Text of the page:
“Freakonomics” is a new documentary based on the best-selling economics book that includes segments by six of the top documentary filmmakers around today.
Seth Gordon is one of these elite six, and he recently sat down with the CU Independent to talk about his experience with the film “Freakonomics,” which premiered last April at the Tribeca Film Festival.
CU Independent: Considering the number of directors, what was it like working on this film?
Seth Gordon: It was an honor to work with who I think are kind of the best of the current documentarians working. They represent a range of really good voices, and it was an honor to work with them and see the kind of interpretations they had of that book, which all of us revered.
CUI: How long have you been into “Freakonomics”?
SG: I got the book when it first came out. My folks teach social science and economics, so it’s the kind of material that we had around the dinner table growing up. Malcolm Gladwell and the Freakonomics books are bringing these concepts to the everyday person – to the everyman, if you will – and I think they do a great job of doing that.
CUI: So, you had an informal economics background growing up. How did this background help you while working on “Freakonomics”?
SG: Incentive is a great way to understand people’s behavior, whether it’s financial or, in the case of “Freakonomics,” sort of unexpected incentives that drive what people do.
CUI: You contributed the transition segments in between the chapters. Is it true that you only had six weeks to get these segments done?
SG: Yeah, I mean, I was wearing a producer hat and a director hat on the movie, and so what I elected to do was to stitch the chapters together with sort of mini-chapters. We committed to the Tribeca Film Festival, and there were only about six weeks left for me to do those pieces, and it was intense to try to get through that much material. And in the midst of all that, my wife and I had our first son, so it was a challenge.
CUI: Did you [and your wife] take any hints from Morgan Spurlock’s segment [which was on the effect of the name on a child’s life] when deciding upon a name?
SG: It definitely influenced how seriously we took the naming process. We just kind of went with our gut instead of over-thinking it.
CUI: The movie was divided up into chapters, and each of these chapters had a different feeling to it. At times, it seemed like this format would work equally as well on television as on the big screen. Was this something that was intentional? Might there be a “Freakonomics” television show in the future?
SG: We would love to adapt it into a T.V. show. I think that [Stephen J.] Dubner is in the process of putting something like that together. I thought it was necessary to the film, and that’s why I approached the Stevens the way I did, to have them act as sort of hosts for the material. That’s why my pieces are driven by an interview with them, and I feel that that would really work for a TV version too. The content on the blog has a lot more stuff than just books.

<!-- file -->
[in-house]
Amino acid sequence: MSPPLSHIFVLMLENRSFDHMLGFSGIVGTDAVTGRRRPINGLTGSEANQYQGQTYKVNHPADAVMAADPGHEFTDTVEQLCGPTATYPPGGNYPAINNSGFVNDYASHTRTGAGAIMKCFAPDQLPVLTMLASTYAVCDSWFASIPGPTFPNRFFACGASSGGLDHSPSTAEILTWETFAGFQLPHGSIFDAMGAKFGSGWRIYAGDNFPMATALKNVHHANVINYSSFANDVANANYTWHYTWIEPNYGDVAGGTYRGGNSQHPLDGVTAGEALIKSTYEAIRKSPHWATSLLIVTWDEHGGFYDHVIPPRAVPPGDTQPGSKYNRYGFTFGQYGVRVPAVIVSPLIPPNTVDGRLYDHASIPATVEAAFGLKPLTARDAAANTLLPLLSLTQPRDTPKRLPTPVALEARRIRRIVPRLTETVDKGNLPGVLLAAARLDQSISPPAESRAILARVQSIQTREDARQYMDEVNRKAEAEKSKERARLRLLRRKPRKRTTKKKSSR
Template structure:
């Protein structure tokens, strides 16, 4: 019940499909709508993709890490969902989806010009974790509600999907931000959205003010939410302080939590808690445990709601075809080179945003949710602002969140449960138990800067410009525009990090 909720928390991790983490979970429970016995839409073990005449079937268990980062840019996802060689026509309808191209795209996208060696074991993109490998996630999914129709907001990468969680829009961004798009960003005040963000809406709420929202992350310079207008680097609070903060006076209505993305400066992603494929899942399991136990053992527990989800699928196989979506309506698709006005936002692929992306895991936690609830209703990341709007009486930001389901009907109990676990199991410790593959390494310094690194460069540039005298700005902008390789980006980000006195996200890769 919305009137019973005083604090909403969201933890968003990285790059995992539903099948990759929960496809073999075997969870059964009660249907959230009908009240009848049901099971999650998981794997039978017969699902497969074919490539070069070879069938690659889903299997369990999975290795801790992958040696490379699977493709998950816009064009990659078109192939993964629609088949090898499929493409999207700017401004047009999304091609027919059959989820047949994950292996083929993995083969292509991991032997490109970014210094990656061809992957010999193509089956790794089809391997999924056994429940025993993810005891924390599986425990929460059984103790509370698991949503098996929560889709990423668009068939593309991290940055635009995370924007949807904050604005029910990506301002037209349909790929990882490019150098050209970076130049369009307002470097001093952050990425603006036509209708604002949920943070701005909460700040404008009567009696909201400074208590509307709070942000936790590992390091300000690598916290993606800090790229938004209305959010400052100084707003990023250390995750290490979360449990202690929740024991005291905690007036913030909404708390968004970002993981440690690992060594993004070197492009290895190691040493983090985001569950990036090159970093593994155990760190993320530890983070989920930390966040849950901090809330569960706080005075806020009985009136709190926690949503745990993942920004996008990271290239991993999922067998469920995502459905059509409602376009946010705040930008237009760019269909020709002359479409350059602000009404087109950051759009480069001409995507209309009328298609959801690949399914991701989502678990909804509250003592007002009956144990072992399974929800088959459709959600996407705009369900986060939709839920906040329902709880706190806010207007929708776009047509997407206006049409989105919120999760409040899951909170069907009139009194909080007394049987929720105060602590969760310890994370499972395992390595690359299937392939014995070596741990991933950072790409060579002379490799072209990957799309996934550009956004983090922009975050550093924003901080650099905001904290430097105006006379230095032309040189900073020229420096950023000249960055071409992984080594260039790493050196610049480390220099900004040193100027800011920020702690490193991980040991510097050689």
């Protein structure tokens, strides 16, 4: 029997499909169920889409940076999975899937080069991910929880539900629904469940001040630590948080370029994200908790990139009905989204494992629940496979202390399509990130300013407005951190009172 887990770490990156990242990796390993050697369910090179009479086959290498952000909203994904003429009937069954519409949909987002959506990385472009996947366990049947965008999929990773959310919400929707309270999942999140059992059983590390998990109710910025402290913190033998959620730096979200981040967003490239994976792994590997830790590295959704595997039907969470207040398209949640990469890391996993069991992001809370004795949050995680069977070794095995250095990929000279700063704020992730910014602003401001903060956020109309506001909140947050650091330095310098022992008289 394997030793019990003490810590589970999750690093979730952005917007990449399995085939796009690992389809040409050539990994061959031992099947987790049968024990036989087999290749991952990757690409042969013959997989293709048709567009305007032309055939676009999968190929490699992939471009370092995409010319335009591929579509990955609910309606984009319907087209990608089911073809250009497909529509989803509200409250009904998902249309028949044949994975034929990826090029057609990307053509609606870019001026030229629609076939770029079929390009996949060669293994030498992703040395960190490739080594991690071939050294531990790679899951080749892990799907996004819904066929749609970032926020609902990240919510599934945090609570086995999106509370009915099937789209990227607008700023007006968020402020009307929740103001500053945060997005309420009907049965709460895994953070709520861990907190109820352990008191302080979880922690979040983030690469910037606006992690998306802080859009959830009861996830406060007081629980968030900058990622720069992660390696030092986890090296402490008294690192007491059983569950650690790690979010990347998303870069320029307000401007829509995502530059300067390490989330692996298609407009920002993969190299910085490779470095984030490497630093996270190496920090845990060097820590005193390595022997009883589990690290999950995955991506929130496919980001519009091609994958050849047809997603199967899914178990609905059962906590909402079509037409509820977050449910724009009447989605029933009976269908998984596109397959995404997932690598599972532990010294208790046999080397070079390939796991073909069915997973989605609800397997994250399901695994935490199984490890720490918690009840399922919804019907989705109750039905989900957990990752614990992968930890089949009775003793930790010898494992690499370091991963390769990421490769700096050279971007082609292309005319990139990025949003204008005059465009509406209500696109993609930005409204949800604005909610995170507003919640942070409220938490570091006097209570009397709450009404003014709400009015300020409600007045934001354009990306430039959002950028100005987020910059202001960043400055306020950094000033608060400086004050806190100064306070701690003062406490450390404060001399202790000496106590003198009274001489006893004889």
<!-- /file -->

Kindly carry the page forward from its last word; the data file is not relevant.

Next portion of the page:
CUI: Is it true that you are working on a “Super Freakonomics” film?
SG: We have the intention of adapting the next book as well because there is a lot of great stuff in that one.
CUI: Do you think that there is a cultural benefit to a movie like this?
SG: Absolutely. I feel like a lot of the messages we hear are political positioning on really important issues that affect all of our lives, and I feel like the book and the work behind the book is all rooted in the need for us to question the kind of messages that are given to us all the time by basically the pressures of a hyper-reductive, headline-driven media and similarly reductive impulses in advertising that make everything out to be oversimplified. I feel like this book asks its audience to question, to question those messages, not to be overly skeptical, but be open to seeing things a different way, and I think it’s an incredibly important message underneath all of it. And I feel there is really something in it for everybody.
CUI: The film stuck pretty close to the text, but omitted a good portion of what was in the book. Did you decide not to include some of the chapters intentionally?
SG: Not at all. If we covered the content of the whole book, it would have been a 10 hour mini-series, and we wanted to make a feature film that could play in theaters, so we couldn’t do the entire book. But the content of the sections was driven by the instinct of the directors of the sections. They pursued the chapters that they most responded to, and we were just lucky that none of the directors wanted to do the same stuff as each other. They all were interested in different chapters.
CUI: What were some of the unique aspects to making this film come together?
SG: With independent films there is always a concern about whether or not the film is really real or really going to come together. And I feel that we really had to deal with that pressure on this movie. And one of the things that I think helped it come together was that before the film was finished, we cut a trailer for the film, which was built out of pieces of the movie, and I think that was really important for us in terms of seeing what the whole could be. And it helped that all the directors sort of feel like the film was a real thing. They were all just working on their own schedules because documentaries are kind of unpredictable as how long they take to come together, and I feel that it really helped solidify the film for everybody.
“Freakonomics” is in theaters now.
Contact CU Independent Staff Writer Seth Gitner at Seth.email@example.com.